Elections for the European Parliament are held in June. How is Croatia preparing for these elections?

The answer to that question lies in Croatia itself. What the European Commission would like to see is a higher turnout of Croatian citizens in the European Elections this June. A reminder – in Croatia they take place on Sunday, 9 June. The turnout of Croatian citizens in the European elections has indeed increased: from 20% in the first ad hoc elections in 2013, a bit over 25% in 2014, to almost 30% in the last European elections in 2019. However this figure is still relatively low, and Croatia still sits at the bottom of the turnout scale when compared to some other Member States. I do hope this will change and the turnout will rise on 9 June this year. We are now in the period of political campaigning of parties competing for entry into the European Parliament. We will certainly monitor their views on European policies, but the European Commission has no role in the electoral process and it acts with complete political neutrality.

FILE PHOTO: European flags fly outside the European Commission headquarters in Brussels, Belgium September 20, 2023. REUTERS/Yves Herman/File Photo

 In response to the disruptions in the energy market caused by the Russian invasion of Ukraine, the Commission launched the REPowerEU plan. The mechanism for recovery and resilience is at the heart of its implementation and financing. What does the recovery plan bring to Croatia?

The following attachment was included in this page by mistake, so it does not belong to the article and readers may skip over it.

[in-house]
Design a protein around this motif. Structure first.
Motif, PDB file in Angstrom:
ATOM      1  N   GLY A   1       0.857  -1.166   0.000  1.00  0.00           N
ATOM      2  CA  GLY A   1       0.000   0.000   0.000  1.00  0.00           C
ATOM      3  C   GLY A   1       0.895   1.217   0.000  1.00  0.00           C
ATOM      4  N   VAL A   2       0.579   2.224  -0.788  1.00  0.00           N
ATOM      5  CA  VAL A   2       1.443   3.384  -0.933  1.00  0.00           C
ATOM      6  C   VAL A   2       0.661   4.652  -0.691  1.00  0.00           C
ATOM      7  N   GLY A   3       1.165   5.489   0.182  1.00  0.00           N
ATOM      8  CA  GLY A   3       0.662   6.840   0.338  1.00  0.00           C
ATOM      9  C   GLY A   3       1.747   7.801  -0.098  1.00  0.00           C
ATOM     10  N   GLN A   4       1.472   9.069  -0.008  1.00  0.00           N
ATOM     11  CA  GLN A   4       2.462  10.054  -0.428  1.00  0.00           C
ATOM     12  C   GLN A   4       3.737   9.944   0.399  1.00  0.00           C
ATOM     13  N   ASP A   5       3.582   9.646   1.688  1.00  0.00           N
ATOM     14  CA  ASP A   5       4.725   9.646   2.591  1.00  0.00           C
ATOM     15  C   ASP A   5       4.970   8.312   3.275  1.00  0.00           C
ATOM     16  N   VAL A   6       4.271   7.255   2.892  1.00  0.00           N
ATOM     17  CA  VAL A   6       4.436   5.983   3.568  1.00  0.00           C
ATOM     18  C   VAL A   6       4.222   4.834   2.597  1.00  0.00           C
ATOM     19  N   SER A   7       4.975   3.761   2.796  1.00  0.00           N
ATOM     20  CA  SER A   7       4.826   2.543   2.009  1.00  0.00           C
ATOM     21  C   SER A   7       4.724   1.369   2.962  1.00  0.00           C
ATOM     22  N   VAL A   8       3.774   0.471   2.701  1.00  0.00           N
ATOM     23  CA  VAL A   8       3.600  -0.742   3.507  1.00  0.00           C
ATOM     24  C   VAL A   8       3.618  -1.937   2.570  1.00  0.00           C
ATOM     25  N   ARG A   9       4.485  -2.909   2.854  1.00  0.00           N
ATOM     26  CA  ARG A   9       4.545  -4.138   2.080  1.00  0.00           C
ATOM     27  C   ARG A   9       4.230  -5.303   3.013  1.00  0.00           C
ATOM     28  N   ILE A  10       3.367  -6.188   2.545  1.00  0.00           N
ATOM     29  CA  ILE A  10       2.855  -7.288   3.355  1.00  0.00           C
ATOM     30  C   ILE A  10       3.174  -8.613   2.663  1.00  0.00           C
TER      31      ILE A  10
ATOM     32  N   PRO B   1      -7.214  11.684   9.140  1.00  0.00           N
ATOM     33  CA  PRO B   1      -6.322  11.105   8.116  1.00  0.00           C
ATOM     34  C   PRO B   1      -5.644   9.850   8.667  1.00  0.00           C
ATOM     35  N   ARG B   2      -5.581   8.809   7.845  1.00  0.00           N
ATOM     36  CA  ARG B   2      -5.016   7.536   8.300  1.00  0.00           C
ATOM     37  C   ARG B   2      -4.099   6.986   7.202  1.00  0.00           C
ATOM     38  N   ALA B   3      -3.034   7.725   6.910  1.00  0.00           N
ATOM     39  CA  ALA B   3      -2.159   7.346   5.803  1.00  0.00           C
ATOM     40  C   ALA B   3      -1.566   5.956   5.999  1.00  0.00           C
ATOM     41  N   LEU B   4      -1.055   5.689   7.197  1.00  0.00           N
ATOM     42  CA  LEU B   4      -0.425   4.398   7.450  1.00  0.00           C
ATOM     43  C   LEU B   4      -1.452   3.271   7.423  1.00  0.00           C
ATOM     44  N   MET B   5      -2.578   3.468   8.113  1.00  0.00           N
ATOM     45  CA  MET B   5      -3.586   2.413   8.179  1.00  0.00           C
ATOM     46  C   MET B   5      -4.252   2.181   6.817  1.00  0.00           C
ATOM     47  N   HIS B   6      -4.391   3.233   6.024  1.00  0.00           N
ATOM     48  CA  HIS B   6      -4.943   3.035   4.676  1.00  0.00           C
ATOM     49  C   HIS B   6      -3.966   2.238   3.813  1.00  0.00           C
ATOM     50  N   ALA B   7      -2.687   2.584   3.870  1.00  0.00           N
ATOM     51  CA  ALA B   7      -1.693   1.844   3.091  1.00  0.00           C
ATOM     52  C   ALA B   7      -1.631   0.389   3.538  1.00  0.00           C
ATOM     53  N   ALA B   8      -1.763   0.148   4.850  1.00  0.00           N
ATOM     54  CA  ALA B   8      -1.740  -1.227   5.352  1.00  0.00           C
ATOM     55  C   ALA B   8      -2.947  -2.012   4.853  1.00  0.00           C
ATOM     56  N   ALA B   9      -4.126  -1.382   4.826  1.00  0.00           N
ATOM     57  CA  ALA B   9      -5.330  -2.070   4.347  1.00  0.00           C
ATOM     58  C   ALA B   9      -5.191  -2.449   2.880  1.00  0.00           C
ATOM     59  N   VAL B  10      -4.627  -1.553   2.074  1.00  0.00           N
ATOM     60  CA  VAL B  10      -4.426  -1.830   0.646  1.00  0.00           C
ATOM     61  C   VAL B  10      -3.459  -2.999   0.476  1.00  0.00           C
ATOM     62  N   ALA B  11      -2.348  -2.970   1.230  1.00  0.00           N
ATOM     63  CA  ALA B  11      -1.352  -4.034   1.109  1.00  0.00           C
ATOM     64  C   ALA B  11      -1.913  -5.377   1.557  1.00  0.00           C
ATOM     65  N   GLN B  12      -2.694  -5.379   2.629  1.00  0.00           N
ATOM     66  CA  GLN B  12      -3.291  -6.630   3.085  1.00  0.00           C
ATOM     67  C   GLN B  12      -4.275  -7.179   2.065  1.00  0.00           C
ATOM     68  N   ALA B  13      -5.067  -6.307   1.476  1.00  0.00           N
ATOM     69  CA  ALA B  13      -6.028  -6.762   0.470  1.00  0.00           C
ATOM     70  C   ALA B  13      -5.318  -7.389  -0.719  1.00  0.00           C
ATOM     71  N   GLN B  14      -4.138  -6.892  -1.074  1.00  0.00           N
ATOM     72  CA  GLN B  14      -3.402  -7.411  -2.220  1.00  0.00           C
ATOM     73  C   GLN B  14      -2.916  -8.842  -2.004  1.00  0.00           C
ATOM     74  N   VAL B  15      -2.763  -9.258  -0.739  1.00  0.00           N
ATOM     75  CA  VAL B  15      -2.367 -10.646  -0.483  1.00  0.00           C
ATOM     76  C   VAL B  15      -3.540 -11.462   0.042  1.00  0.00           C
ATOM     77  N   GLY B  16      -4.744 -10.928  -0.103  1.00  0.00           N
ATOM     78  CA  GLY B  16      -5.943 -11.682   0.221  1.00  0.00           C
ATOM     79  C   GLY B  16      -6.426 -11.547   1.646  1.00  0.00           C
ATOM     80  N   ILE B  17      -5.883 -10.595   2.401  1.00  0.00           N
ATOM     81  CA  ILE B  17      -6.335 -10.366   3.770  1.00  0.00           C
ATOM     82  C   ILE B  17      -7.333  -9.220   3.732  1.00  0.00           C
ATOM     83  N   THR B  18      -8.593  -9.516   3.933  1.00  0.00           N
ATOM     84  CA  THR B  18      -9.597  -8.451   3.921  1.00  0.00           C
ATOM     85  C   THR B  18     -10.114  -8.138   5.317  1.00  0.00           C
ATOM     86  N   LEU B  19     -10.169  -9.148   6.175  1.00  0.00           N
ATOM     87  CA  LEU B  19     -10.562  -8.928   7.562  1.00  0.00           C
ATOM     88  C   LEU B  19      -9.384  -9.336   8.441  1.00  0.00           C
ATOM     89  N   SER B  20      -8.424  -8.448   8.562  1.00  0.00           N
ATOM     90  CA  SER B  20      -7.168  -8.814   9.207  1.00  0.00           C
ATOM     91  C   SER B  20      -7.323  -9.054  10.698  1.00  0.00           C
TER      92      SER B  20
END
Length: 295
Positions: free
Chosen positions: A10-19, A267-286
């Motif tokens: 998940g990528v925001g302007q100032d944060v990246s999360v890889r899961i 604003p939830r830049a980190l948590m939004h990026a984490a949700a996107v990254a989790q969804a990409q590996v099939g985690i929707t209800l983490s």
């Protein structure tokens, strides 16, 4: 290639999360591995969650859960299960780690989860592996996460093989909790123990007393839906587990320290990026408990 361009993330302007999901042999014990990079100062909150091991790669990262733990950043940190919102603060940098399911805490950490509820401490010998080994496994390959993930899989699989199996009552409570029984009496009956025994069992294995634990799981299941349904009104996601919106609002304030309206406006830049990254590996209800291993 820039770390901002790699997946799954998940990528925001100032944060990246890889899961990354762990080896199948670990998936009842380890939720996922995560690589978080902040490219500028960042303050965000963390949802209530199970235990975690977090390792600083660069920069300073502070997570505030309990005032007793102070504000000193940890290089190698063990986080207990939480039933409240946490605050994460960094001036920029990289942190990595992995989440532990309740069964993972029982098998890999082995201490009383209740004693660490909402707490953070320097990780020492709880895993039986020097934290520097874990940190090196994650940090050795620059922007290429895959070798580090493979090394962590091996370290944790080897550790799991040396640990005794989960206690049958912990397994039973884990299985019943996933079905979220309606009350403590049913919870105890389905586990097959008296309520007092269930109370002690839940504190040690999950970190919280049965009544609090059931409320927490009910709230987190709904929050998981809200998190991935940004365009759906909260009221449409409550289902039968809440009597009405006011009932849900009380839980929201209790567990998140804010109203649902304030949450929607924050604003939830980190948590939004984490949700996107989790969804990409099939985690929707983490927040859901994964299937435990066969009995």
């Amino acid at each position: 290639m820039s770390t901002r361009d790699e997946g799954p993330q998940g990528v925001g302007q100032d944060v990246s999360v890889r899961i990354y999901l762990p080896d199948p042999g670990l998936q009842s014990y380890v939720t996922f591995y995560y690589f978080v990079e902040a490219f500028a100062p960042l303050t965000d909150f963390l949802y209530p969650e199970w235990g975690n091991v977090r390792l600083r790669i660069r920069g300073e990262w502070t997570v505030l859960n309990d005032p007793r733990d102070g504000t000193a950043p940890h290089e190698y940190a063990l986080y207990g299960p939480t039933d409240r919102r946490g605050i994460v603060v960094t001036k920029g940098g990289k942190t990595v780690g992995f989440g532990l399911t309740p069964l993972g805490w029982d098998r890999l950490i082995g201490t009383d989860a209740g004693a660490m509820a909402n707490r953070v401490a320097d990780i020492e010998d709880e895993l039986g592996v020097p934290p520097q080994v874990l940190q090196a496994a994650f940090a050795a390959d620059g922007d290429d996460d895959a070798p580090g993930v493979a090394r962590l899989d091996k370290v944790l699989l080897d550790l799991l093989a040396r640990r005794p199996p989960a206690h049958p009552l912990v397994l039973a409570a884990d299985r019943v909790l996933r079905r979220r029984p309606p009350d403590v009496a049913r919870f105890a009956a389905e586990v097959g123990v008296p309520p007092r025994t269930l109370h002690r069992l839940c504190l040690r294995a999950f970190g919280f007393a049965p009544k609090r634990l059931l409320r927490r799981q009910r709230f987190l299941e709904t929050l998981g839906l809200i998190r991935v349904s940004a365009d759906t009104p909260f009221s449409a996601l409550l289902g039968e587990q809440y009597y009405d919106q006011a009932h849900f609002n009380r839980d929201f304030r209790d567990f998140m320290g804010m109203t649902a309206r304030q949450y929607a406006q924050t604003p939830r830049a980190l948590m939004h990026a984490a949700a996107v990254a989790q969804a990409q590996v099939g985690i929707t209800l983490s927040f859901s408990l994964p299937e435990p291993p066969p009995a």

The RePowerEU plan was agreed in response to the energy crisis that followed Russia’s aggression against Ukraine in February 2022. It encourages the diversification of supply and moves away from the use of Russian fossil fuels, and it also focuses on energy savings. The introduction of energy from renewable sources is encouraged, with the problems of energy poverty and bottlenecks in the distribution of electricity addressed. RePowerEU also promotes traffic with zero CO2 emissions, but also retraining and reskilling workforce to acquire green skills. An important highlight is also on the improvement of the security of energy supply in Europe. In the Croatian case, RePowerEU has enriched the Croatian Recovery and Resilience Plan (RRP) with an additional amount of 2.9 billion euros. The Croatian RRP now amounts to a total of 10 billion euros, as much as 14% of Croatian GDP. The plan also contains a number of measures that contribute to the achievement of the goals of the REPowerEU plan in the Europewide sense: a Europe independent  of Russian fossil fuels, and this well before 2030. The measures within the plan promote energy efficiency, reduce dependence on fossil fuels by increasing the production and use of energy from renewable sources such as sustainable biomethane, hydrogen from renewable sources and geothermal energy.

The fight against climate change is one of the main priorities of the European Commission, and the European Green Deal is its ambitious plan to transform Europe into the first climate-neutral continent. How did Croatia perform within that plan?